Can someone explain Ruby’s use of pipe characters in a block?

Braces define an anonymous function, called a block. Tokens between the pipe are the arguments of this block. The number of arguments required depends on how the block is used. Each time the block is evaluated, the method requiring the block will pass a value based on the object calling it.

It’s the same as defining a method, only it’s not stored beyond the method that accepts a block.

For example:

def my_print(i) 
  puts i

will do the same as this when executed:

{|i| puts i}

the only difference is the block is defined on the fly and not stored.

Example 2:
The following statements are equivalent

25.times &method(:my_print)

25.times {|i| puts i}

We use anonymous blocks because the majority of functions passed as a block are usually specific to your situation and not worth defining for reuse.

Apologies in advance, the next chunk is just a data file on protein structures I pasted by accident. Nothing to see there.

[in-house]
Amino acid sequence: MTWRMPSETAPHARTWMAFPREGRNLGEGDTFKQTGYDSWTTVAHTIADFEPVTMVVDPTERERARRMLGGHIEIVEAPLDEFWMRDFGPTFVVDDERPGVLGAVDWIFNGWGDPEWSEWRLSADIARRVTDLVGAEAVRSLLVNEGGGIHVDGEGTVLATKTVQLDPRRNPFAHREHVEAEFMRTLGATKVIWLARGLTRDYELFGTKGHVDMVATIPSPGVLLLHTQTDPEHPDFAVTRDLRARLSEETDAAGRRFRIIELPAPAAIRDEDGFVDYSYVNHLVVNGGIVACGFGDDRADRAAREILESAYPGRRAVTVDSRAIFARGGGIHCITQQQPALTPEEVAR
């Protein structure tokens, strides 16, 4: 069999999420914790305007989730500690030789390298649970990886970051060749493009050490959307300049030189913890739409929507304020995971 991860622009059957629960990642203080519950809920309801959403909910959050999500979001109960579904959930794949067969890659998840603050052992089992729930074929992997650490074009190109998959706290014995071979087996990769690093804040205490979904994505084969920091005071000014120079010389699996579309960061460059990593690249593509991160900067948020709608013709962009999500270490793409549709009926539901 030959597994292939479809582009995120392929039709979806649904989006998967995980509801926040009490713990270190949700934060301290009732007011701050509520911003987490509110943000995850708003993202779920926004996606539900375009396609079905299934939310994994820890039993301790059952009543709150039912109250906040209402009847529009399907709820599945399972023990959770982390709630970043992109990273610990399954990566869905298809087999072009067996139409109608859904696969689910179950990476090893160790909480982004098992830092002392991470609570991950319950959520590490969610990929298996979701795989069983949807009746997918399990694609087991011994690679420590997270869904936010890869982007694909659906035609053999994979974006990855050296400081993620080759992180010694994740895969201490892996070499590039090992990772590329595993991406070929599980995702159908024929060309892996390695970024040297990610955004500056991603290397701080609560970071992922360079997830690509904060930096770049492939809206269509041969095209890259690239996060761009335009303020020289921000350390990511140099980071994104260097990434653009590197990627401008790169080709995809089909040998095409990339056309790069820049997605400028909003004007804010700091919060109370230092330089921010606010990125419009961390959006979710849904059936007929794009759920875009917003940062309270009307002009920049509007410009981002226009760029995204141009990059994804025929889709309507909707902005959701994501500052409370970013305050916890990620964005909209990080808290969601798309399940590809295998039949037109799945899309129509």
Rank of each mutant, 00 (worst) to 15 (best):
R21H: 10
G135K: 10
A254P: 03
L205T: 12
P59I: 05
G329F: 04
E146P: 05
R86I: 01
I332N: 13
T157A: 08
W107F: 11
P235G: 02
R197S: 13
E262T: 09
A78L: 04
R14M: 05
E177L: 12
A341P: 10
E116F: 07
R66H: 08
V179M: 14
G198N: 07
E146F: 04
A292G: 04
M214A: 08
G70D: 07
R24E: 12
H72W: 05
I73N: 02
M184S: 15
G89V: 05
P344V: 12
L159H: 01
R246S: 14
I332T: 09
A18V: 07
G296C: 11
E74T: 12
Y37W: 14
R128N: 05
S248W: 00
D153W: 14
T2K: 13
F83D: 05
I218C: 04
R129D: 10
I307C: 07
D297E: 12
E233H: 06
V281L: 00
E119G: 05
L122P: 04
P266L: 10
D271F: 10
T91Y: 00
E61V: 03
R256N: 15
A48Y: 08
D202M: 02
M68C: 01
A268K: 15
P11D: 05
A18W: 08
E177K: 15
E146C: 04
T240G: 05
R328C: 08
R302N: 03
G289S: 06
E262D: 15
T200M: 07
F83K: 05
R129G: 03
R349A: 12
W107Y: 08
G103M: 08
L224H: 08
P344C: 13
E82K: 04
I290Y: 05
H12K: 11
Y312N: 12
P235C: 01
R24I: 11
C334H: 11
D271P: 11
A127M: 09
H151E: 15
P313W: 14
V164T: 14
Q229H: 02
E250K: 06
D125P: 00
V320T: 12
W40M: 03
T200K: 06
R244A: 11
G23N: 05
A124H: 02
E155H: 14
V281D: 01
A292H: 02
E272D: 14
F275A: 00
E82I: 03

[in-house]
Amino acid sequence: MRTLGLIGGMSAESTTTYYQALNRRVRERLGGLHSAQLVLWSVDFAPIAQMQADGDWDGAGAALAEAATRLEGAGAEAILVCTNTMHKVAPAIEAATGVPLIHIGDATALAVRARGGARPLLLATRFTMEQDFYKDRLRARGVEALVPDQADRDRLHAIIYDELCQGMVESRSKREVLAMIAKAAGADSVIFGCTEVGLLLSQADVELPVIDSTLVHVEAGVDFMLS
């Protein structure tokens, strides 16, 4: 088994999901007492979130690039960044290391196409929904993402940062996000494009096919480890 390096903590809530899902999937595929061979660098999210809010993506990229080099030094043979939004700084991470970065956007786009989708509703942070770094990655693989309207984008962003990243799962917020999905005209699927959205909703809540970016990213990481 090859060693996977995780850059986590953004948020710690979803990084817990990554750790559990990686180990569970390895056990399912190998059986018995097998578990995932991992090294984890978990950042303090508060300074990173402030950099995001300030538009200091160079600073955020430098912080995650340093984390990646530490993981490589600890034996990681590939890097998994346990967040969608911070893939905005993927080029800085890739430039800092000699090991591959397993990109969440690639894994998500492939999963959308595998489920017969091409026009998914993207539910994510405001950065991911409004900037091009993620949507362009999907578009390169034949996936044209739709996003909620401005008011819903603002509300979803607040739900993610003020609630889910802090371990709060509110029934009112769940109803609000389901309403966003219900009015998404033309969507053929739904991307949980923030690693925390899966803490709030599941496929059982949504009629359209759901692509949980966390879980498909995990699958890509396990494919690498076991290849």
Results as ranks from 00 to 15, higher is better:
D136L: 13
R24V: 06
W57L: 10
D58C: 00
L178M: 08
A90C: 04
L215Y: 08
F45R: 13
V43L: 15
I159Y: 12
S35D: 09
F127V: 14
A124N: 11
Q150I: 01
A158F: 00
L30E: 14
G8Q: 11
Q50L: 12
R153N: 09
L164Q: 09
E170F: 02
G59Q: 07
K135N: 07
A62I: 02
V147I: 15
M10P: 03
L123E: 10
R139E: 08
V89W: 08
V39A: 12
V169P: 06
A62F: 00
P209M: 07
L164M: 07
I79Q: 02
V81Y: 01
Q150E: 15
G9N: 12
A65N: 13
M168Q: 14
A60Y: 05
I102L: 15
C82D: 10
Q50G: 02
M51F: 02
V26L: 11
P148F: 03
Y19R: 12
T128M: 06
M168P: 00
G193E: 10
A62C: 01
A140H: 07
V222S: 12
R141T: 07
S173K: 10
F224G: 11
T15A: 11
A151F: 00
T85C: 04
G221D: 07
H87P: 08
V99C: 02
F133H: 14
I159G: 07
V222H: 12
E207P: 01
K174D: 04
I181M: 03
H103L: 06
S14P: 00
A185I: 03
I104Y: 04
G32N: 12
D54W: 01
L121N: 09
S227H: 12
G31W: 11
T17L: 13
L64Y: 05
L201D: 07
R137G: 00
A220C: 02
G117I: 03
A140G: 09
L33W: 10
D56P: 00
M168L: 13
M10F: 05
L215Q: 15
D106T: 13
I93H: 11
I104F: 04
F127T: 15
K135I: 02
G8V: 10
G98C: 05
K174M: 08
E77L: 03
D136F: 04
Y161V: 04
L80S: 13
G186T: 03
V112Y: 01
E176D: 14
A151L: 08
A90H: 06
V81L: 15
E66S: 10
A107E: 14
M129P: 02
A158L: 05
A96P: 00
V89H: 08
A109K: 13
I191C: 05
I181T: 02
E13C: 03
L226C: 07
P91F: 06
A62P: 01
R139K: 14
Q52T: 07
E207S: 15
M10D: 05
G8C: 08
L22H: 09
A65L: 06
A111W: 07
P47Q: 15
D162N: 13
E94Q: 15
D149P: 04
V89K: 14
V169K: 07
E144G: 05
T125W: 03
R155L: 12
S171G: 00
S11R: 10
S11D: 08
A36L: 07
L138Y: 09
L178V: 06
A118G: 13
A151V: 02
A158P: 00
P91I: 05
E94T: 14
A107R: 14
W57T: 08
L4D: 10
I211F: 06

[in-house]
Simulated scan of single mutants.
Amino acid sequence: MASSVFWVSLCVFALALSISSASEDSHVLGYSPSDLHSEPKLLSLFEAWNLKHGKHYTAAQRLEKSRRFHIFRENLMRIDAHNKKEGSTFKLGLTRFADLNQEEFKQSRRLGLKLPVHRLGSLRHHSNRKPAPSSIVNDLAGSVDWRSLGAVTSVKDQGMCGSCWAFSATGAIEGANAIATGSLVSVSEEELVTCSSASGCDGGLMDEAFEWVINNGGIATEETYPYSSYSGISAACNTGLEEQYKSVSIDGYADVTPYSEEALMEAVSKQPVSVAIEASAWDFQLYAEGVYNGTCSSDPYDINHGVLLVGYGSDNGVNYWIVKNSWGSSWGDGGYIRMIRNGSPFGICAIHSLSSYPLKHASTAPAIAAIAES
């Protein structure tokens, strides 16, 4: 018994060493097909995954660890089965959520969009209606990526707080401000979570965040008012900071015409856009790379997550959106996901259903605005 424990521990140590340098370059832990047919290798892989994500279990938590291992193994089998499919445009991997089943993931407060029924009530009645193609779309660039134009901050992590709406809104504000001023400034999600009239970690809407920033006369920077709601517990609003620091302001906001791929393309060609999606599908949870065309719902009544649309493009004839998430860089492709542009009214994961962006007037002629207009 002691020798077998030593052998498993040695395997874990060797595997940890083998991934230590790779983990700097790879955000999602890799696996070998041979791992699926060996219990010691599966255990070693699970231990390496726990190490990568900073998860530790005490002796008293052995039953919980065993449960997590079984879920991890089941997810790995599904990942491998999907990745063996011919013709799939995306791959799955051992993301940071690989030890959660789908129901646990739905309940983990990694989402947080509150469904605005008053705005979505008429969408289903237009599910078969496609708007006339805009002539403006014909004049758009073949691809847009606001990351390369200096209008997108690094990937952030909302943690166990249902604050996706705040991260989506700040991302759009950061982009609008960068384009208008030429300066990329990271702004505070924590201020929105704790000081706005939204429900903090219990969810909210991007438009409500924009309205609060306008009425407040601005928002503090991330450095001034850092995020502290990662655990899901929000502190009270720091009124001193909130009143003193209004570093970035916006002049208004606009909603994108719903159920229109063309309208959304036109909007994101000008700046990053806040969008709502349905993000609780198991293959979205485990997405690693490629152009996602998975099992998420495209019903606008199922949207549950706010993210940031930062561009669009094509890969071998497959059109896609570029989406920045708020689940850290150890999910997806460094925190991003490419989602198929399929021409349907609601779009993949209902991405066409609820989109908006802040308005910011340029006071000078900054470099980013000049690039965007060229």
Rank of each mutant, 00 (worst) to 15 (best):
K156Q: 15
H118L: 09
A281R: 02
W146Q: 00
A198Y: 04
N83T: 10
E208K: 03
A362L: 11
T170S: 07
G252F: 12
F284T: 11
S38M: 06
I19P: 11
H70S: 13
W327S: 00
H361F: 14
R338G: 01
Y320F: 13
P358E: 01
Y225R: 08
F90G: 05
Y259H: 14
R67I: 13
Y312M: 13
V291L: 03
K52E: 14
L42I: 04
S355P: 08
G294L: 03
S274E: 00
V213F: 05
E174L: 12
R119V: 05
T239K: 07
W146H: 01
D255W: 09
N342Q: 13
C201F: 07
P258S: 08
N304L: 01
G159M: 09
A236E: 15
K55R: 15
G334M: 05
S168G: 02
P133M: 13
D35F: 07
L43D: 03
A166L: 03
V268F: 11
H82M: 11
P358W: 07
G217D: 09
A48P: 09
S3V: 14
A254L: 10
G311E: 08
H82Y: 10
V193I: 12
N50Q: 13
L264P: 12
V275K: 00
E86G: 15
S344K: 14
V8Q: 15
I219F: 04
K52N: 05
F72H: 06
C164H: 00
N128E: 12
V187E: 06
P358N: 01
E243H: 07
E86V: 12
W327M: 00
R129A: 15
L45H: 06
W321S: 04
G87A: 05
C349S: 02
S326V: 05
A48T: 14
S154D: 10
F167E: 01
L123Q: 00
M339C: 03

So what happens when a method accepts a block? That depends on the method. Methods that accept a block will call it by passing values from their calling object in a well defined manner. What’s returned depends on the method requiring the block.

For example: In 25.times {|i| puts i} .times calls the block once for each value between 0 and the value of its caller, passing the value into the block as the temporary variable i. Times returns the value of the calling object. In this case 25.

Let’s look at method that accepts a block with two arguments.

{:key1 => "value1", :key2 => "value2"}.each {|key,value| 
     puts "This key is: #{key}. Its value is #{value}"

In this case each calls the block ones for each key/value pair passing the key as the first argument and the value as the second argument.

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